May 10, 2009

Review of Geronimo

Here's my review of Geronimo, the fourth episode of the PBS series We Shall Remain. In this part I'll concentrate on the storytelling aspects.

  • Geronimo was co-written and co-directed by Dustinn Craig (White Mountain Apache/Navajo), an independent filmmaker, and non-Native Sarah Colt, a seasoned PBS producer. No real complaints about their work.

  • As usual for the series, the quality was good throughout this episode. Since there were few recreations, an authentic look and feel and good acting weren't issues.

  • With the new directors, the style changed a little. Instead of narration over recreations, the episode was mainly narration over archival photos and live-action landscapes. Since the photos were well-chosen--I didn't realize there were so many images of Geronimo--and the landscapes were dramatic, there was no loss of quality.

  • Critics have questioned the recreations, and directors Eyre and Burns disagreed over them, but they aren't a significant issue. With the strong writing and narration, every visual approach has worked well. Ultimately the word is what matters, and We Shall Remain's word is good.

  • More regular (non-academic) Natives got to speak in this episode. Since some were relatives of Geronimo or Cochise, or had grandparents who knew these leaders, this was quite fitting.

  • Geronimo uses three brief animations to show Native myths or concepts. These worked well enough, but I think the narration would've succeeded with or without them.

  • Although this episode was primarily about the Chiricahua Apache, it did mention the end of the Indian Wars, the fate of several tribes (especially the Navajo), and the boarding-school era. So it gave some context to Geronimo's story.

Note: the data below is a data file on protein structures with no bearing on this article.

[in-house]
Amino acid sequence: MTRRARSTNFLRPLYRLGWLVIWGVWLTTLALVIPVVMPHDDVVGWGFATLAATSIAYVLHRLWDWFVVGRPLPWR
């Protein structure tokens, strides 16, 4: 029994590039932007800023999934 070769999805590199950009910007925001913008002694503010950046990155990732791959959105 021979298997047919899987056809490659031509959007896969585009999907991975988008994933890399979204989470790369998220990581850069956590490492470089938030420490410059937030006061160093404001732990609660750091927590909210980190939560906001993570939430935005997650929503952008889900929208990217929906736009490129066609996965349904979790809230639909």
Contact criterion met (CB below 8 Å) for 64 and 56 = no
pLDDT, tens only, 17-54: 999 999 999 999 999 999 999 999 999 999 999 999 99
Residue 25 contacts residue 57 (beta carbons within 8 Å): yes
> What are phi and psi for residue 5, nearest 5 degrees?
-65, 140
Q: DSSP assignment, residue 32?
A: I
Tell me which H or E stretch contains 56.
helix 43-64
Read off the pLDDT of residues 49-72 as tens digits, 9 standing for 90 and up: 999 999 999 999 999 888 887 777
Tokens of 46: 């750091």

• The producers promoted this episode as a reevaluation of Geronimo, with some Natives casting him as a villain. Yes, there were a few lines to that effect, but nothing significant. It was much more of a straight biography than a reassessment of his legacy. The most interesting point was about the shifting non-Native views of Geronimo, not the Native views.

  • With strong work throughout We Shall Remain's episodes, the rating comes down to how intriguing the history is. Geronimo's story was well done, but I can't say his life was that thought-provoking. Basically he escaped the white man, resumed his martial ways, and was recaptured several times. He comes across as a warrior who was good at hitting and running but not a leader with a plan or a vision. That isn't exactly the stuff of greatness.

  • For these reasons, I'd say Geronimo isn't quite as good as Tecumseh's Vision. I put it on a par with After the Mayflower. Rob's rating: 8.5 of 10.

    For more on the subject, see Native Documentaries and News.

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